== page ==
With the release of vSphere 6.0 back in March 2015, VMware delivered the long anticipated Virtual Volumes feature (a.k.a. vVols). Over the past year and a half the vVols momentum has been quietly building with more and more customer interest and partner activity. The adoption of Virtual Volumes has steadily increased as more and more customers move to vSphere 6, but one of the key inhibitors to widespread adoption had been its lack of support for array-based replication (ABR). Enter vSphere 6.5.

Announced this week, the release of vSphere 6.5 introduces enhancements to several of VMware’s storage management capabilities, including enhancements to Storage Policy-Based Management (SPBM), Storage IO Control (SIOC), virtual disk management, and of course the highly anticipated 2.0 version of vSphere Virtual Volumes. In this post I will walk through what’s new in vVols 2.0 and VASA 3.0. Any guesses what feature made the top of the list?

Array-Based Replication Support

You guessed it! The vSphere 6.5 release introduces vVols support of array-based replication, but unlike legacy array-based replication that required explicit placement on specific datastores to ensure a VM was replicated, vVols replication provides fine grained control over VM replication. This means you have the flexibility to replicate a group of virtual machines (Replication Group) or you can replicate at an individual VM level.

Replication Group

A Replication Group is a group of replicated storage devices as defined by a storage administrator (perhaps acting on behalf of an application owner) to provide atomic failover for an application. In other words, a Replication Group is the minimum unit of failover. In vSphere 6.5, Replication Groups are created and managed by a storage administrator using the storage vendor’s tools.


Let’s take a closer look at how this works:

  • Vendor-specific replication capabilities are communicated up to vSphere via VASA (vSphere APIs for Storage Awareness)
  • VI administrators create granular VM storage policies containing the desired replication capabilities available from the underlying storage system
  • When VMs are being provisioned the user:
    1. Selects a policy containing the replication capabilities
    2. Chooses the compatible datastore
    3. Chooses a replication group in which to place the VM (to support multi-VM consistency)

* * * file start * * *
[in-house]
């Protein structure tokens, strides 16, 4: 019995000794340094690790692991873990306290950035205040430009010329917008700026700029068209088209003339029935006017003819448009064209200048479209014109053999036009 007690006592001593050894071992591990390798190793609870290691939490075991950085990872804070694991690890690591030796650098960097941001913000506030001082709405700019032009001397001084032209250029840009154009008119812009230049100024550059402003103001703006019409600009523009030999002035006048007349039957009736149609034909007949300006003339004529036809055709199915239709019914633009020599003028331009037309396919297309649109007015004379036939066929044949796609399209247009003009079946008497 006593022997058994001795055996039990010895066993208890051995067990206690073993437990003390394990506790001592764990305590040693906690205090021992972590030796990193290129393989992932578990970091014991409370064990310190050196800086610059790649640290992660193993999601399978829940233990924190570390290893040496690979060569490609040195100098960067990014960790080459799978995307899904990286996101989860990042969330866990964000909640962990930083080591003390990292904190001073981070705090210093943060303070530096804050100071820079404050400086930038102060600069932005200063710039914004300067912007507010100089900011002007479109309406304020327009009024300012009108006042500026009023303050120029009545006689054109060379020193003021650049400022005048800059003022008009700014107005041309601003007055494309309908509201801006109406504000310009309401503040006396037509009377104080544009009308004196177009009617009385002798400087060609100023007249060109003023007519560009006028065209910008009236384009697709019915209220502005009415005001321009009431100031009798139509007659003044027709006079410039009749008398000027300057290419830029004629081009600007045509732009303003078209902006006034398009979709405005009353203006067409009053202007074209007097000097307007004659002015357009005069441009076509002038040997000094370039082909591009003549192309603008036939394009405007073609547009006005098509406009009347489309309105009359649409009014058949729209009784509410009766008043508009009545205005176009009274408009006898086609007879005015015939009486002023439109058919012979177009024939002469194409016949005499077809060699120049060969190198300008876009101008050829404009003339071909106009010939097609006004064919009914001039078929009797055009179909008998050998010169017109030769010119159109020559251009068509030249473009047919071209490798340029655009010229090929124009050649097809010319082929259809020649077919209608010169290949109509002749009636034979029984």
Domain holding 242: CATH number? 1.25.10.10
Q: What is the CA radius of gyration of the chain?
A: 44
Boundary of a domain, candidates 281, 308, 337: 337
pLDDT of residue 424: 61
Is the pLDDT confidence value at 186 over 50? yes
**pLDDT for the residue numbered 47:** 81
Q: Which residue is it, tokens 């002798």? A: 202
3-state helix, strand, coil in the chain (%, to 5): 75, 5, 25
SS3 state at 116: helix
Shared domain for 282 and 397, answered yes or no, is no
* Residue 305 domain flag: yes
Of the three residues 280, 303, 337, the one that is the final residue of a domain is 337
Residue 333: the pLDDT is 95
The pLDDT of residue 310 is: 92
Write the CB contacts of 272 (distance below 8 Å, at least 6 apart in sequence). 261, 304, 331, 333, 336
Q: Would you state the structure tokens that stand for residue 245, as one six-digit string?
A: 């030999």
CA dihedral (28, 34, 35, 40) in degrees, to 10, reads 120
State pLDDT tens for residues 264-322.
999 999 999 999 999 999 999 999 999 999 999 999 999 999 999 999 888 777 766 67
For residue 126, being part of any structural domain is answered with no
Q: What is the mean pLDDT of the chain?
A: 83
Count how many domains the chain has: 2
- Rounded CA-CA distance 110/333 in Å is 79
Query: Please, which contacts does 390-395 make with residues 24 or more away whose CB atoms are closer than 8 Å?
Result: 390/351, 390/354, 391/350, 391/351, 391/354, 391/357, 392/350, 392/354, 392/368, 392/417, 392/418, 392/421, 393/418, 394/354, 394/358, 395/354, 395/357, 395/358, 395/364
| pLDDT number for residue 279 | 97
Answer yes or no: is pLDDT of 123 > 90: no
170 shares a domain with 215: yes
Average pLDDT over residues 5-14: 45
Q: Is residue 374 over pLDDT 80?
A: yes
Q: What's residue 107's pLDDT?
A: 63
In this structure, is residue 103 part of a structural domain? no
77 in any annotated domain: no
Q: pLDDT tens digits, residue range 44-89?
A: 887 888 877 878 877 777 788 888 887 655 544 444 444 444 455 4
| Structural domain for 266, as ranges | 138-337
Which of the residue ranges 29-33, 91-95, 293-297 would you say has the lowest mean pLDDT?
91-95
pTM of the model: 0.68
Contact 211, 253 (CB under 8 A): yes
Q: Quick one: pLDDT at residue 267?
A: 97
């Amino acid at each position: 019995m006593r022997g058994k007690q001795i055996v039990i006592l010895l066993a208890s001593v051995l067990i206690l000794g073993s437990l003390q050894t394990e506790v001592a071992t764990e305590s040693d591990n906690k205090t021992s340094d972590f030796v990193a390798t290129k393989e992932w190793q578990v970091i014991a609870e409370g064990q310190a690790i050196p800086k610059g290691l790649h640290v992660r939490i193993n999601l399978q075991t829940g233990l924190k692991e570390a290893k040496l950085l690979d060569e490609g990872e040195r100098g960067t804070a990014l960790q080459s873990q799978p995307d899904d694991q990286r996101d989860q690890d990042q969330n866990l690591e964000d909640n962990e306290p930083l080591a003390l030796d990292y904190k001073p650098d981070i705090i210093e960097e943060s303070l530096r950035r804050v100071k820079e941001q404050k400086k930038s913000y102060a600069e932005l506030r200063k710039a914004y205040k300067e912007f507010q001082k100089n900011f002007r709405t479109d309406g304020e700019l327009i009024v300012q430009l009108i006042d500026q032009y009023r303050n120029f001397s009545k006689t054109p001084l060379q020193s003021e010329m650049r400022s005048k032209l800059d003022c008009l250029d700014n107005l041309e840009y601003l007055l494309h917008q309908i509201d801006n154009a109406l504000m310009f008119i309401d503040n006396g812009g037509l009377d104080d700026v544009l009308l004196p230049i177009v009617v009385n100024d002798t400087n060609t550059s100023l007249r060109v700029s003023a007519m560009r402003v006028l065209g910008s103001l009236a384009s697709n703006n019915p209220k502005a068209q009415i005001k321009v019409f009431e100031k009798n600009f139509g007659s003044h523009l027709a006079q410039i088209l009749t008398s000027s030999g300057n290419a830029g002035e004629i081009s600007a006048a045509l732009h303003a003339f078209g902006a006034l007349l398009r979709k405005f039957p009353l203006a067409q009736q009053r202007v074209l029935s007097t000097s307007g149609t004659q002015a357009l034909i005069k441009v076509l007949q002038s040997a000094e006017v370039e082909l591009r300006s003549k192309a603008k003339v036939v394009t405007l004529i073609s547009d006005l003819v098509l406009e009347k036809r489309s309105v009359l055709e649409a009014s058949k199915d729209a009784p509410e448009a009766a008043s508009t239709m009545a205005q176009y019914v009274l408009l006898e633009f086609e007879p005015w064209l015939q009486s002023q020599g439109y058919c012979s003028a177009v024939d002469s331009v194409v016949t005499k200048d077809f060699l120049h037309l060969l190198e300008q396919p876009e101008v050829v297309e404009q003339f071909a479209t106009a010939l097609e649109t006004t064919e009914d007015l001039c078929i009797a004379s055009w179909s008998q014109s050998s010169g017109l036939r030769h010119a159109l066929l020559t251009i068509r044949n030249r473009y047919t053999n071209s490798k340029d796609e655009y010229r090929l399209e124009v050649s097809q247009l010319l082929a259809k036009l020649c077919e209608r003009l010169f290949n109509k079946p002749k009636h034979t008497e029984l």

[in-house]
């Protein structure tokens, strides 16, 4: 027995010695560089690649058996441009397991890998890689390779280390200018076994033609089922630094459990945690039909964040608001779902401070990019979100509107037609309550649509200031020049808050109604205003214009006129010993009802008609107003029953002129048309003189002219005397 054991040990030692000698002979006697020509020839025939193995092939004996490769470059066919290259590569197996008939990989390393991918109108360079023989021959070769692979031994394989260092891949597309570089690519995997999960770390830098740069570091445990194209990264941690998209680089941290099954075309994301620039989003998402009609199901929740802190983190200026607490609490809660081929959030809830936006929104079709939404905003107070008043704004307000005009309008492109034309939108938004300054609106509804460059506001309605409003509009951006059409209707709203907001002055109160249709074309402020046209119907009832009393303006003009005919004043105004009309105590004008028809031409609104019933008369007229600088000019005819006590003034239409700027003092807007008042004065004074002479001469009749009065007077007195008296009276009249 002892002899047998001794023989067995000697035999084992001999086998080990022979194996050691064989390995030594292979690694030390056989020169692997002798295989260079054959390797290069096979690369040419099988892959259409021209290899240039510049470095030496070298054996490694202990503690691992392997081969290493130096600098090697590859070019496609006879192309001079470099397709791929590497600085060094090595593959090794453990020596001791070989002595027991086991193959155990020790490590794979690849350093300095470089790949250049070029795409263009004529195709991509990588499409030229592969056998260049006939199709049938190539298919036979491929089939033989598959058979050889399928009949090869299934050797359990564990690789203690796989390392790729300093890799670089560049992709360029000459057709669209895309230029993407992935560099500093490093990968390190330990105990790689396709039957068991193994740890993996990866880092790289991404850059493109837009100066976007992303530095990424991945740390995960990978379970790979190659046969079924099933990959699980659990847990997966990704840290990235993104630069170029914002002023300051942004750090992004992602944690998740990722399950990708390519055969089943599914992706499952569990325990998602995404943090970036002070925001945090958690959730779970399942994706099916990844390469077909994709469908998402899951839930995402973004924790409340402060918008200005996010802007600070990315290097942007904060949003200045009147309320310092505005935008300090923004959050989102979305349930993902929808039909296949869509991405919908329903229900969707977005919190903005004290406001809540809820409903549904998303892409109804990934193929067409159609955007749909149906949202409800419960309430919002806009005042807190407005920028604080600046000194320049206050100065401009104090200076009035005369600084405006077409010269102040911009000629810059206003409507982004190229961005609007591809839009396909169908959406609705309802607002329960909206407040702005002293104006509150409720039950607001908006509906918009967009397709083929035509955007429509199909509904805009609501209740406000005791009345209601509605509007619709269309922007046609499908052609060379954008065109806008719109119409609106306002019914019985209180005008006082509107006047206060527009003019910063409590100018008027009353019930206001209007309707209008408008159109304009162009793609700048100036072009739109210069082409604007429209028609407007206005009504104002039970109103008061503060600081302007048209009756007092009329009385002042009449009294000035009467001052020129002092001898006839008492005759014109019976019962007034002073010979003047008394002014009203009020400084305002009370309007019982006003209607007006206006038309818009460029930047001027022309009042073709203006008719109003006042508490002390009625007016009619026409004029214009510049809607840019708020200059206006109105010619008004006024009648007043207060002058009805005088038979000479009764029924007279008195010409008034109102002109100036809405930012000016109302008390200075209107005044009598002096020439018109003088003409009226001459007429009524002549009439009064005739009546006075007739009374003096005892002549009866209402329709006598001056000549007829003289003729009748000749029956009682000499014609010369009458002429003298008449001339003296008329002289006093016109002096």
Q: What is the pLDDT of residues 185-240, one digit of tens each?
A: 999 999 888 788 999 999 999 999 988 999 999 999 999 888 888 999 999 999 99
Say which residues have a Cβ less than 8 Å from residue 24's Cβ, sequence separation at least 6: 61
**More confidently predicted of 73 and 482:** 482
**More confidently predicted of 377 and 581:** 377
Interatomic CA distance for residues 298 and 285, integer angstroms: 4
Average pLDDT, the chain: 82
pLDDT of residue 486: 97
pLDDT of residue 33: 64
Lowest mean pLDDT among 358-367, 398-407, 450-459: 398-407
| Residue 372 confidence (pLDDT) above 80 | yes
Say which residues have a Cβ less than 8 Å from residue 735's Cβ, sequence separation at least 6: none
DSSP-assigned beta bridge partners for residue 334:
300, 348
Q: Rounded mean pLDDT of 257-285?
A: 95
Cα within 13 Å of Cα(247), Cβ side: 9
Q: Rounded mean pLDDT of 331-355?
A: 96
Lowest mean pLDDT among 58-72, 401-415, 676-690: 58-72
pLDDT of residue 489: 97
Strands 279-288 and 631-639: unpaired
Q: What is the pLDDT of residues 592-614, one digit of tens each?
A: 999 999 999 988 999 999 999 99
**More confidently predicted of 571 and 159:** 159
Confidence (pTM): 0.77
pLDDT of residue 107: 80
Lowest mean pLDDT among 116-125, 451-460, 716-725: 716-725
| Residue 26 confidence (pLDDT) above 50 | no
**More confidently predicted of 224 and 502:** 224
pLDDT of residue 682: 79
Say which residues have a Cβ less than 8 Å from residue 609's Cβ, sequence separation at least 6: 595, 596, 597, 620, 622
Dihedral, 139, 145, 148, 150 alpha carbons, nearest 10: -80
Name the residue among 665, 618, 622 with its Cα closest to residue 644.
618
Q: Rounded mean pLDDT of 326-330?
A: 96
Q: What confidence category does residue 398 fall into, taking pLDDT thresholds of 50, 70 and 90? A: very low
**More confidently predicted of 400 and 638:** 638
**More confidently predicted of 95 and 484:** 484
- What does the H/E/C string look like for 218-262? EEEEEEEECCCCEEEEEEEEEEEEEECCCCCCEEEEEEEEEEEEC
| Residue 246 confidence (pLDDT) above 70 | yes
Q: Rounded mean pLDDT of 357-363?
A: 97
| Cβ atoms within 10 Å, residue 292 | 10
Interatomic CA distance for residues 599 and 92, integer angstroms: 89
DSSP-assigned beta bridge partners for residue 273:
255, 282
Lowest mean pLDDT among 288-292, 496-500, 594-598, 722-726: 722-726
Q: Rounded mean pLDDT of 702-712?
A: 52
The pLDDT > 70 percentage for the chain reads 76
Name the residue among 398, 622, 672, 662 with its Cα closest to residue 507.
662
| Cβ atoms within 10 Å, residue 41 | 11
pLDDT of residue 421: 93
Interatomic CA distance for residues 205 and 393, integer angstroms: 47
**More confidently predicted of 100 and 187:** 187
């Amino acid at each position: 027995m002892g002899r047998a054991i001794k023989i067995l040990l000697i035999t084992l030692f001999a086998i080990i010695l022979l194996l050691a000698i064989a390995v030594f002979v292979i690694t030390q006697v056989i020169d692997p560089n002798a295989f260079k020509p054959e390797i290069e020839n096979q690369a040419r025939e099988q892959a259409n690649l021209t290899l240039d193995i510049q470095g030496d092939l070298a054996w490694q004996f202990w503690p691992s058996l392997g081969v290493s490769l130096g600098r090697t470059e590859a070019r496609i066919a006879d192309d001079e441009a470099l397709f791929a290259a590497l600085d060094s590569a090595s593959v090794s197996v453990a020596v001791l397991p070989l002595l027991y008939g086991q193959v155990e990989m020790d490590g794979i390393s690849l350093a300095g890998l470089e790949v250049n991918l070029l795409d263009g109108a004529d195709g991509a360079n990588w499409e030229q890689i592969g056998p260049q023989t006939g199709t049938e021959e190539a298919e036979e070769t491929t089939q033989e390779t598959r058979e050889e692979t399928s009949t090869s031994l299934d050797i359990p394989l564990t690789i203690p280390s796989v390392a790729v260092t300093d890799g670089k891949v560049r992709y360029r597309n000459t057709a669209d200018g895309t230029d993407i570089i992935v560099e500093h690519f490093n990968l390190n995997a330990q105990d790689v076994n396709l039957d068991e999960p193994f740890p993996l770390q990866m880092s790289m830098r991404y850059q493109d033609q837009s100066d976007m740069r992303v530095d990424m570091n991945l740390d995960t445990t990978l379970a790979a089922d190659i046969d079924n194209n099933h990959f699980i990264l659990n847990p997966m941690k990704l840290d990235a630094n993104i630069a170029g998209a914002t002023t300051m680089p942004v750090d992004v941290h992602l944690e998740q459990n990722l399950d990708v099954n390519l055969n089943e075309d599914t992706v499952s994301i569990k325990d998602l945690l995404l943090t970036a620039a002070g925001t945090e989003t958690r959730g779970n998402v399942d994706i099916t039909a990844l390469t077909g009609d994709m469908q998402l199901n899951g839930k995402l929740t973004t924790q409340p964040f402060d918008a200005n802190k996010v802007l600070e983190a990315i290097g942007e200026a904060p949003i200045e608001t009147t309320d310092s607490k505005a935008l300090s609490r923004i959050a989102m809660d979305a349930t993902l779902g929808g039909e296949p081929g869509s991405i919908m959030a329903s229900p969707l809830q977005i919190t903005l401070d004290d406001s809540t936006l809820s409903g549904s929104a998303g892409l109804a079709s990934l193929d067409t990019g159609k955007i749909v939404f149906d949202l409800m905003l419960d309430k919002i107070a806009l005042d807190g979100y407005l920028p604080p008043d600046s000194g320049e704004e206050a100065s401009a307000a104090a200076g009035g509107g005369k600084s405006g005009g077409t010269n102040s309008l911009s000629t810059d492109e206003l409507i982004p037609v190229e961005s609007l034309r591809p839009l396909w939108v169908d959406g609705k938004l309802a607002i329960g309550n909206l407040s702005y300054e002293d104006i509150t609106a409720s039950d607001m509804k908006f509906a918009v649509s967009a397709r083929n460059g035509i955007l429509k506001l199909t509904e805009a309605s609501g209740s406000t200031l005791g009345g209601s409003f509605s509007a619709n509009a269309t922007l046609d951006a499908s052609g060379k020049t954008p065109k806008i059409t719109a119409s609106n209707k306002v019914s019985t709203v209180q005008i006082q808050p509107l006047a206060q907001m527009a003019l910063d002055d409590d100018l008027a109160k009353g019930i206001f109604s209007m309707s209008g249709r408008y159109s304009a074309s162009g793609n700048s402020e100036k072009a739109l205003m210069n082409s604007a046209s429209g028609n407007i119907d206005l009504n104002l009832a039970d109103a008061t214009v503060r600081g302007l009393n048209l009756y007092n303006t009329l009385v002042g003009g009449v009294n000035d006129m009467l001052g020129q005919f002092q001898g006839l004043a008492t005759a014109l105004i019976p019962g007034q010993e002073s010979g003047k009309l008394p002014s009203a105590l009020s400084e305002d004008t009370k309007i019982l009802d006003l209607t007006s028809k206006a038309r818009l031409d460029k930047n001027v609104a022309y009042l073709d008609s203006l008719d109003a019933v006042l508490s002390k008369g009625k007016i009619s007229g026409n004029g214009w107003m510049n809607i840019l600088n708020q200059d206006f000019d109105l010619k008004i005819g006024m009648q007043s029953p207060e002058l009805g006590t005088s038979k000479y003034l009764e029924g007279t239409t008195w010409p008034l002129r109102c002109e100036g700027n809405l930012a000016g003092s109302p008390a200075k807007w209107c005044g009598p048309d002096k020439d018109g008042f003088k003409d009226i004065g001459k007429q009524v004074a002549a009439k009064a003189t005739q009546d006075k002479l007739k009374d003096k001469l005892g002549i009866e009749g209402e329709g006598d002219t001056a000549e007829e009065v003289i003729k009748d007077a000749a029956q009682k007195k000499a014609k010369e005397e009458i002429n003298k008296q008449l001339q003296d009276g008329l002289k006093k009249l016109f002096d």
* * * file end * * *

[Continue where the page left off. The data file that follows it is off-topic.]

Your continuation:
4. Completes the provisioning

The replication group that the user selects allows them to place multiple VMs intentionally in the same consistency group. The replication groups are advertised by the VASA provider. The storage system can also advertise a special “Automatic” replication group that will place the VM into an empty replication group by itself to support per-VM replication.

Virtual Volumes replication also supports multiple replication targets. In the example below, the source in Manchester UK (Repl. Group A) is replicating to London (Repl. Group A1) and Berlin (Repl. Group A2)


Automating Disaster Recovery

vSphere 6.5 also offers public APIs for triggering DR operations as well PowerCLI cmdlets for administrator-level orchestration and automation.

Replication Workflows

  • Replication Discovery – vVols disaster recovery discovers the current replication relationships between two fault domains.
  • Sync Replication Group – Synchronizes the data between source and replica.
  • Disaster Recovery and Planned Migration – For planned migration, on-demand sync can be initiated at the recovery site.
  • Setting up protection after a DR event – After the recovery on a peer site, administrators can set protection in the reverse direction.

Line of Service

VASA 3.0 introduces a new concept called “line of service.” A line of service is a group of related capabilities with a specific purpose, such as inspection, compression, encryption, replication, caching, or persistence (storage). Now in addition to configuring replication at the individual SPBM policy level, I can create a line of service for replication and assign it to multiple policies. As an example, imagine I have 3 storage policies: Gold, Silver and Bronze. While these three categories have very different storage capabilities assigned, I can manage the replication once with a replication line of service instead of 3 times by configuring replication at the VM Storage policy level.

Virtual Volumes Support for Oracle RAC

In addition to all the array-based replication functionality, Virtual Volumes 2.0 is also now validated to support Oracle RAC workloads (similar to validation for VMFS) delivering policy-based, VM-centric storage for Business Critical Applications like Oracle RAC.

Are you ready?

As I mentioned earlier, the lack of support for array-based replication was a significant inhibitor for mass adoption of Virtual Volumes. Now with vSphere 6.5, customers can protect their vVols environment with array-based replication while experiencing how Virtual Volumes can greatly simplify storage management and provide greater granularity over the existing operational model. There’s no need to wait anymore, so get ready for the VVos revolution! 

More resources

For the latest information on vSphere Virtual Volumes be sure to check the following locations

Virtual Blocks

Virtually Speaking Podcast